Hi. Im considering a combination of wind and solar power generation for my boat kept on mooring. I think a combination would be good as Scotland not blessed with lots of sun and my mooring is a bit sheltered with harbour wall. Can i plug output from 2amp wind turbine into a Renogy mppt regulator (20 amp), would it manage the power to my batteries in same way as with a solar panel?
MPPT controllers have been used for photovoltaic (solar) power for a long time, but can also be used for wind turbines. In real life the wind speed is not constant, but changes continuously, thus the ideal rotor RPM for maximum torque will also change. What is important to remember is that there is an optimum RPM for each wind speed, and that is where we want to run the wind turbine to achieve MPPT. However, to work properly the controller needs an MPPT power curve that is specific for the wind turbine that you want to hook up to the controller. So check the MPPT’s manual if you can connect it to a wind turbine. If not, then it is not advisable since unlike PV, a wind turbine can output much higher open circuit input voltages (Voc) when it is not loaded up or your batteries are full.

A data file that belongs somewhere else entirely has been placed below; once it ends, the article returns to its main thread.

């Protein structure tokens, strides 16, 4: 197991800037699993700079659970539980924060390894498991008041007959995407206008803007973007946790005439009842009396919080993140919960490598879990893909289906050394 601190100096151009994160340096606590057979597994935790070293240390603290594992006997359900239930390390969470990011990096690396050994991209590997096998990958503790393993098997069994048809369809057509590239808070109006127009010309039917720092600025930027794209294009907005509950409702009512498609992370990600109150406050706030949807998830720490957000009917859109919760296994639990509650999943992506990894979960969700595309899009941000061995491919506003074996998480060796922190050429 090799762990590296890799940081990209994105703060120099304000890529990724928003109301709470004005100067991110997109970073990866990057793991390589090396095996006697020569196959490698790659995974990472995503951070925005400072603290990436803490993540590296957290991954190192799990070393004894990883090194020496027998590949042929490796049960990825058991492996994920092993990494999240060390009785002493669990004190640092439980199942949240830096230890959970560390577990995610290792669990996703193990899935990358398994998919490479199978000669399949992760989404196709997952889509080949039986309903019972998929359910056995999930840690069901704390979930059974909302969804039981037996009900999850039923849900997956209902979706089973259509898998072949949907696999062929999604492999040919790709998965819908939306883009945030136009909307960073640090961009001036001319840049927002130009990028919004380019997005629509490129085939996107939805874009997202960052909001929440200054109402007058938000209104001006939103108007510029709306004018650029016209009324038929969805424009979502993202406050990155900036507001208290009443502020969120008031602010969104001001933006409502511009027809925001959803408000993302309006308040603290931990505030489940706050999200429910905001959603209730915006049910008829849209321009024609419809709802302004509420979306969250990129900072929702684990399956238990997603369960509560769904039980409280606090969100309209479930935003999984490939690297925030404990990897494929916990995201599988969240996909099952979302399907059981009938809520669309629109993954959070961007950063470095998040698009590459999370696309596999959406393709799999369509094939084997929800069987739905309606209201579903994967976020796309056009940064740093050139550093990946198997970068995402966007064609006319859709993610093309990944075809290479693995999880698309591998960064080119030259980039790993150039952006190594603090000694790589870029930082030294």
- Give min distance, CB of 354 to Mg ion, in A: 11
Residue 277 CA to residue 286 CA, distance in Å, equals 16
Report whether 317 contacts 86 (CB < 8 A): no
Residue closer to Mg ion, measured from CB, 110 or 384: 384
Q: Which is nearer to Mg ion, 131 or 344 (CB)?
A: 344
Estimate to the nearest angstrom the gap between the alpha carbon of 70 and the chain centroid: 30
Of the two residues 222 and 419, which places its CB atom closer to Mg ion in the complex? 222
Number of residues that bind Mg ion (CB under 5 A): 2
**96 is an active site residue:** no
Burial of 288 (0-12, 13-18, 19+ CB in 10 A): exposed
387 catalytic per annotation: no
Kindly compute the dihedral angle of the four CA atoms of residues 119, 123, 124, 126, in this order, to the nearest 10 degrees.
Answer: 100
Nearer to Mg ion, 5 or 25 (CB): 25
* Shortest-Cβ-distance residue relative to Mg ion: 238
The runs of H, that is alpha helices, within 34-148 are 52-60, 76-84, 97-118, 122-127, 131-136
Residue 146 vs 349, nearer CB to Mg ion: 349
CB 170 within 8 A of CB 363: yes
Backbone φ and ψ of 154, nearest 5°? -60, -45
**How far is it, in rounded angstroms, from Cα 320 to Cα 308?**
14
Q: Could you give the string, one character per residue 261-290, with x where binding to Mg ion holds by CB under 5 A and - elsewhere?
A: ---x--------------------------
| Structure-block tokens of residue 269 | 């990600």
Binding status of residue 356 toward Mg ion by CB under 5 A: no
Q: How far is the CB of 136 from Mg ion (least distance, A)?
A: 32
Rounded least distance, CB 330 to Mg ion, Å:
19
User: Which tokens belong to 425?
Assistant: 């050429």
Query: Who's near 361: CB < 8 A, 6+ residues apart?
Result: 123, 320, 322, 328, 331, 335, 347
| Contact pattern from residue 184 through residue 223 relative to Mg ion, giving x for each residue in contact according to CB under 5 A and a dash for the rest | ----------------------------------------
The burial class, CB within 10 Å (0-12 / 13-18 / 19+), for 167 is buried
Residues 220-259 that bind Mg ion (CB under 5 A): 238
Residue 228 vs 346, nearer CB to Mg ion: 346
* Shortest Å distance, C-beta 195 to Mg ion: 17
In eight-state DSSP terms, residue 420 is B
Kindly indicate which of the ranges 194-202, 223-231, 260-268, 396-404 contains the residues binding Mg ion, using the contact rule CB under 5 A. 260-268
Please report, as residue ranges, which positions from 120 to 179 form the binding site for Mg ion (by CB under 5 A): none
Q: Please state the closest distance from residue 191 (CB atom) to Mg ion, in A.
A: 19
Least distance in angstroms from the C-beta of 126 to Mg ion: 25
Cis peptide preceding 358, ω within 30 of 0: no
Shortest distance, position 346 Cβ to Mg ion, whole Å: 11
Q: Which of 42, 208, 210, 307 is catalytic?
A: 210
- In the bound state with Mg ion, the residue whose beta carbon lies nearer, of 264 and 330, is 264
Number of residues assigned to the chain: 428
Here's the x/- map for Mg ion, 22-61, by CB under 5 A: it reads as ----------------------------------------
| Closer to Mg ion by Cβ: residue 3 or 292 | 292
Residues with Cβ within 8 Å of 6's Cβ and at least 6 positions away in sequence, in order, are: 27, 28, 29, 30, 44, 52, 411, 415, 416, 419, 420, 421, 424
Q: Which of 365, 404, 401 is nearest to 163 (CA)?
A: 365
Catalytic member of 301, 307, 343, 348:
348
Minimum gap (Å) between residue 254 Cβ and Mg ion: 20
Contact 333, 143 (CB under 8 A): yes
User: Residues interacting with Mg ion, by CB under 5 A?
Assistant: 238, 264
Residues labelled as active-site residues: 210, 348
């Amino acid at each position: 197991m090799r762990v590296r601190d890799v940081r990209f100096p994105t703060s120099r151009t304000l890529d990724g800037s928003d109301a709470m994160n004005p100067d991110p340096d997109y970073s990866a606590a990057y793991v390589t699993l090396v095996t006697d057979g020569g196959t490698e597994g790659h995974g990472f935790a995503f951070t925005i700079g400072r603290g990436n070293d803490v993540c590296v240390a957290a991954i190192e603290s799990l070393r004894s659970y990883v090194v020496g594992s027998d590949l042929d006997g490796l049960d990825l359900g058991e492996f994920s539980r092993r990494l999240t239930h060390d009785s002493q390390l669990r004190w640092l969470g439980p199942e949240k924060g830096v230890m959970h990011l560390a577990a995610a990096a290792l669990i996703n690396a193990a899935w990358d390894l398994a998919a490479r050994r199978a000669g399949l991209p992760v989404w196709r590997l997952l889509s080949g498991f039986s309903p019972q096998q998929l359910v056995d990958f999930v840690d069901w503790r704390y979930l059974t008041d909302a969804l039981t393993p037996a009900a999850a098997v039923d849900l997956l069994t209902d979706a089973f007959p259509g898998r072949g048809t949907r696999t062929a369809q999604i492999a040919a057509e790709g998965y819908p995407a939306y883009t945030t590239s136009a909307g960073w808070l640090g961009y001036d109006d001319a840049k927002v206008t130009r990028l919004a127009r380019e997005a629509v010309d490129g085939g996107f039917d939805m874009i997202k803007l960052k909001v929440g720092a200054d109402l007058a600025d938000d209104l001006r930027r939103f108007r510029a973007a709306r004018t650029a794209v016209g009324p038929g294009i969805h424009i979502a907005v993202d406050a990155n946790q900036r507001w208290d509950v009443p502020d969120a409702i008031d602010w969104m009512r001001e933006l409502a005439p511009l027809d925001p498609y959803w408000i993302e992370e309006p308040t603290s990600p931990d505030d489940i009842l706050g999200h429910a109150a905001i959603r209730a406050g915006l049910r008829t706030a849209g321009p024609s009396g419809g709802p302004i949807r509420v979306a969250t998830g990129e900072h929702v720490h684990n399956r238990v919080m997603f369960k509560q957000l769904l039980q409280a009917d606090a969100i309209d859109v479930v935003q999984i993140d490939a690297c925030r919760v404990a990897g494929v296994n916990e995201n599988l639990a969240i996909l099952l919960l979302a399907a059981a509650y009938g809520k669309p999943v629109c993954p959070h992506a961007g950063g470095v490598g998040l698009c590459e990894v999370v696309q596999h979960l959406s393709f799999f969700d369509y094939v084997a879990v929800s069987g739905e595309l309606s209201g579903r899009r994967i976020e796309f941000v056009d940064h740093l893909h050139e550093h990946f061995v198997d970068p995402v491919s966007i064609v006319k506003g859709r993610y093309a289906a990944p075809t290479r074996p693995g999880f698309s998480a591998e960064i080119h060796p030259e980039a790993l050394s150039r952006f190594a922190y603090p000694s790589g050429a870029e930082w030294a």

I have a 730 W, 76 V solar panels system charging 24 V battery set up using a Morning Star MPPT charge controller in an OFF GRID set up. Which is the best suited APC or LUMINOUS UPS/Inverter that is solar compatible that can be used.